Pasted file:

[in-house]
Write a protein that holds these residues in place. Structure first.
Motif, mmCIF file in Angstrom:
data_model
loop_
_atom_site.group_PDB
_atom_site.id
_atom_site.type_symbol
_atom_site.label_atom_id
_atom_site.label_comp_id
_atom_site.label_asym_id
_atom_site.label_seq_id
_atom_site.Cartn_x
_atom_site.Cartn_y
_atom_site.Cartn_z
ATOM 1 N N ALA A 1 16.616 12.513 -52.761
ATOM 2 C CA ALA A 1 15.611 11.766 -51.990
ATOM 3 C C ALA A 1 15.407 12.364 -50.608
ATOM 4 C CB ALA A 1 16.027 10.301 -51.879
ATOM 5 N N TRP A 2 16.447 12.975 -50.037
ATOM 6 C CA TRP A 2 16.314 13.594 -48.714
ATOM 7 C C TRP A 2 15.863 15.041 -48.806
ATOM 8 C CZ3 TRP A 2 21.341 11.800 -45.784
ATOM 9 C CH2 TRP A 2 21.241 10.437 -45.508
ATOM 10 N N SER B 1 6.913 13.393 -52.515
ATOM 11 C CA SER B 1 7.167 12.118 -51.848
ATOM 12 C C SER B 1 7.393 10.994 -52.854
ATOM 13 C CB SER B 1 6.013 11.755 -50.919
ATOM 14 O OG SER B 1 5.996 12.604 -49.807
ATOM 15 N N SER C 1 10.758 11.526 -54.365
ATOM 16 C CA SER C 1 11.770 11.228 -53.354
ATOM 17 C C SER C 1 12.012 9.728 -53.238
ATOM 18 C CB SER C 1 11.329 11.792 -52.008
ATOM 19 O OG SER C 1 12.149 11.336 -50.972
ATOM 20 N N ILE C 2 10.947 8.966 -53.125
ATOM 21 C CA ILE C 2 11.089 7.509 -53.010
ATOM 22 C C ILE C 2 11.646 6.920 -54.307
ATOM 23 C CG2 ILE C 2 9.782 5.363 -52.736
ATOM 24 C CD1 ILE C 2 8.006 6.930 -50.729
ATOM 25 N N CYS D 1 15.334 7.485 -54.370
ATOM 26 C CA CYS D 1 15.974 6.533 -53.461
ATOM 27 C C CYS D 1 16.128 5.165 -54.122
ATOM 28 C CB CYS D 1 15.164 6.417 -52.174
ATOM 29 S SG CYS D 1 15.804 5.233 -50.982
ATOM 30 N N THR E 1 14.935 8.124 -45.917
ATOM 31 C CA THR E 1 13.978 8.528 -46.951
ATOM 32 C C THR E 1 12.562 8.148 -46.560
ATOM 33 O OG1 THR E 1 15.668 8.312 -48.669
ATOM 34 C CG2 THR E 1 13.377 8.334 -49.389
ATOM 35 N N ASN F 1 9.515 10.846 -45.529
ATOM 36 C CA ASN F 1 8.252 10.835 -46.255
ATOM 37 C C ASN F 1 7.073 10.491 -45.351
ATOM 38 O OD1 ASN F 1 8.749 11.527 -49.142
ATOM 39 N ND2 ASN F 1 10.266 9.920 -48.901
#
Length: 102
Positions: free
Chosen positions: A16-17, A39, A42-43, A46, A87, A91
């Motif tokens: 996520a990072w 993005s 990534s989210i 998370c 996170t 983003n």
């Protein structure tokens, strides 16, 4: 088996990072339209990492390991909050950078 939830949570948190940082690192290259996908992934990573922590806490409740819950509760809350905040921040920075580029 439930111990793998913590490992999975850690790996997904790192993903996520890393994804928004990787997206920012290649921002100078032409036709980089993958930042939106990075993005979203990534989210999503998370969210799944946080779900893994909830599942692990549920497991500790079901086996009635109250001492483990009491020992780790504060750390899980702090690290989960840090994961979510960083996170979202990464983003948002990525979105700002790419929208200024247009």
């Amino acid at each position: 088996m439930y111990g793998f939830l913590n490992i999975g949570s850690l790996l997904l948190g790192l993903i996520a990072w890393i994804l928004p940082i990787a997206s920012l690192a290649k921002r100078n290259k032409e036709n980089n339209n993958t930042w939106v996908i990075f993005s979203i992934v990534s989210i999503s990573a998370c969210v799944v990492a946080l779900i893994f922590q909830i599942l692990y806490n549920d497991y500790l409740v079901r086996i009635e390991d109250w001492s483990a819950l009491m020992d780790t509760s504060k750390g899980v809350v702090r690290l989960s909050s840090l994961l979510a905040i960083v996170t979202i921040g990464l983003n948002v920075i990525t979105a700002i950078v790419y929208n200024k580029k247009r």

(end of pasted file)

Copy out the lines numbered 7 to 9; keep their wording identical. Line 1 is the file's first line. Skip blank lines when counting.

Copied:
_atom_site.id
_atom_site.type_symbol
_atom_site.label_atom_id